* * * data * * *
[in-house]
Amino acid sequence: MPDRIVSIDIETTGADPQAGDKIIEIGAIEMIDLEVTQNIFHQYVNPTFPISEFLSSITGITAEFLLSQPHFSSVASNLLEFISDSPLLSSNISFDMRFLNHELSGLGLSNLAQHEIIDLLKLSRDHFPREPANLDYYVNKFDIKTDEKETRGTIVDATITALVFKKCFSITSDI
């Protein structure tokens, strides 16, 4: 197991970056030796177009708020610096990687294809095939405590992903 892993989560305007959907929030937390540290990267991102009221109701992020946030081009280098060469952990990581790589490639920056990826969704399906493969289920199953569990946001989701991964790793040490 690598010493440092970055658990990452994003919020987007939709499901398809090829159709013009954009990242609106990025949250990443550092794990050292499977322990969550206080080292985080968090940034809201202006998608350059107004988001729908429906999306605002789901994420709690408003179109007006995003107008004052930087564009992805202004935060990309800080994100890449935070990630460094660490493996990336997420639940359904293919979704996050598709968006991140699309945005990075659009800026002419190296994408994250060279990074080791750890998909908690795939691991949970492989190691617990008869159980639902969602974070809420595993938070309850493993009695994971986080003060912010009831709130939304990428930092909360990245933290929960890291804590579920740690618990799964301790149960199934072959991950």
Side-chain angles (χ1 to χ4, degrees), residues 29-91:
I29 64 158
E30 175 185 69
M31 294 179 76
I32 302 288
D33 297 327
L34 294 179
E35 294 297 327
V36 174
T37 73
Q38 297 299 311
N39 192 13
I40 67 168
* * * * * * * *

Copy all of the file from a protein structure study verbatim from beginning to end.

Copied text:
[in-house]
Amino acid sequence: MPDRIVSIDIETTGADPQAGDKIIEIGAIEMIDLEVTQNIFHQYVNPTFPISEFLSSITGITAEFLLSQPHFSSVASNLLEFISDSPLLSSNISFDMRFLNHELSGLGLSNLAQHEIIDLLKLSRDHFPREPANLDYYVNKFDIKTDEKETRGTIVDATITALVFKKCFSITSDI
């Protein structure tokens, strides 16, 4: 197991970056030796177009708020610096990687294809095939405590992903 892993989560305007959907929030937390540290990267991102009221109701992020946030081009280098060469952990990581790589490639920056990826969704399906493969289920199953569990946001989701991964790793040490 690598010493440092970055658990990452994003919020987007939709499901398809090829159709013009954009990242609106990025949250990443550092794990050292499977322990969550206080080292985080968090940034809201202006998608350059107004988001729908429906999306605002789901994420709690408003179109007006995003107008004052930087564009992805202004935060990309800080994100890449935070990630460094660490493996990336997420639940359904293919979704996050598709968006991140699309945005990075659009800026002419190296994408994250060279990074080791750890998909908690795939691991949970492989190691617990008869159980639902969602974070809420595993938070309850493993009695994971986080003060912010009831709130939304990428930092909360990245933290929960890291804590579920740690618990799964301790149960199934072959991950």
Side-chain angles (χ1 to χ4, degrees), residues 29-91:
I29 64 158
E30 175 185 69
M31 294 179 76
I32 302 288
D33 297 327
L34 294 179
E35 294 297 327
V36 174
T37 73
Q38 297 299 311
N39 192 13
I40 67 168